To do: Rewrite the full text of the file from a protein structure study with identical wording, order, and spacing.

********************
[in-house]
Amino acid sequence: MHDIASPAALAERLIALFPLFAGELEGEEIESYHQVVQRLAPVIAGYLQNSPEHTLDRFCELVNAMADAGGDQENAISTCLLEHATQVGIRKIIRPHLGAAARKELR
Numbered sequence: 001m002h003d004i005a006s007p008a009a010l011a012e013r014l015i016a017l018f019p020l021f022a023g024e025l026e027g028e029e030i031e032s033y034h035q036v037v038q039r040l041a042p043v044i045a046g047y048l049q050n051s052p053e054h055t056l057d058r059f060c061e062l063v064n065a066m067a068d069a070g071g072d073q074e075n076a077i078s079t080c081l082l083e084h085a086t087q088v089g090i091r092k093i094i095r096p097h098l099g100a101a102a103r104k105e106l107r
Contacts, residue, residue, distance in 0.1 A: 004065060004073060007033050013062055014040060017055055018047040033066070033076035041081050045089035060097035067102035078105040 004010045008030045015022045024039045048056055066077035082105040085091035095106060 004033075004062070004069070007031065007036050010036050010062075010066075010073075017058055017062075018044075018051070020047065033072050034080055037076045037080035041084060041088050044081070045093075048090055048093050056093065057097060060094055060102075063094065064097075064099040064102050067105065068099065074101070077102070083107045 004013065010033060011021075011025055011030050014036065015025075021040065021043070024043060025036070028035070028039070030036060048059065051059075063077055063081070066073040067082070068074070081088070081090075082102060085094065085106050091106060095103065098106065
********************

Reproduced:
[in-house]
Amino acid sequence: MHDIASPAALAERLIALFPLFAGELEGEEIESYHQVVQRLAPVIAGYLQNSPEHTLDRFCELVNAMADAGGDQENAISTCLLEHATQVGIRKIIRPHLGAAARKELR
Numbered sequence: 001m002h003d004i005a006s007p008a009a010l011a012e013r014l015i016a017l018f019p020l021f022a023g024e025l026e027g028e029e030i031e032s033y034h035q036v037v038q039r040l041a042p043v044i045a046g047y048l049q050n051s052p053e054h055t056l057d058r059f060c061e062l063v064n065a066m067a068d069a070g071g072d073q074e075n076a077i078s079t080c081l082l083e084h085a086t087q088v089g090i091r092k093i094i095r096p097h098l099g100a101a102a103r104k105e106l107r
Contacts, residue, residue, distance in 0.1 A: 004065060004073060007033050013062055014040060017055055018047040033066070033076035041081050045089035060097035067102035078105040 004010045008030045015022045024039045048056055066077035082105040085091035095106060 004033075004062070004069070007031065007036050010036050010062075010066075010073075017058055017062075018044075018051070020047065033072050034080055037076045037080035041084060041088050044081070045093075048090055048093050056093065057097060060094055060102075063094065064097075064099040064102050067105065068099065074101070077102070083107045 004013065010033060011021075011025055011030050014036065015025075021040065021043070024043060025036070028035070028039070030036060048059065051059075063077055063081070066073040067082070068074070081088070081090075082102060085094065085106050091106060095103065098106065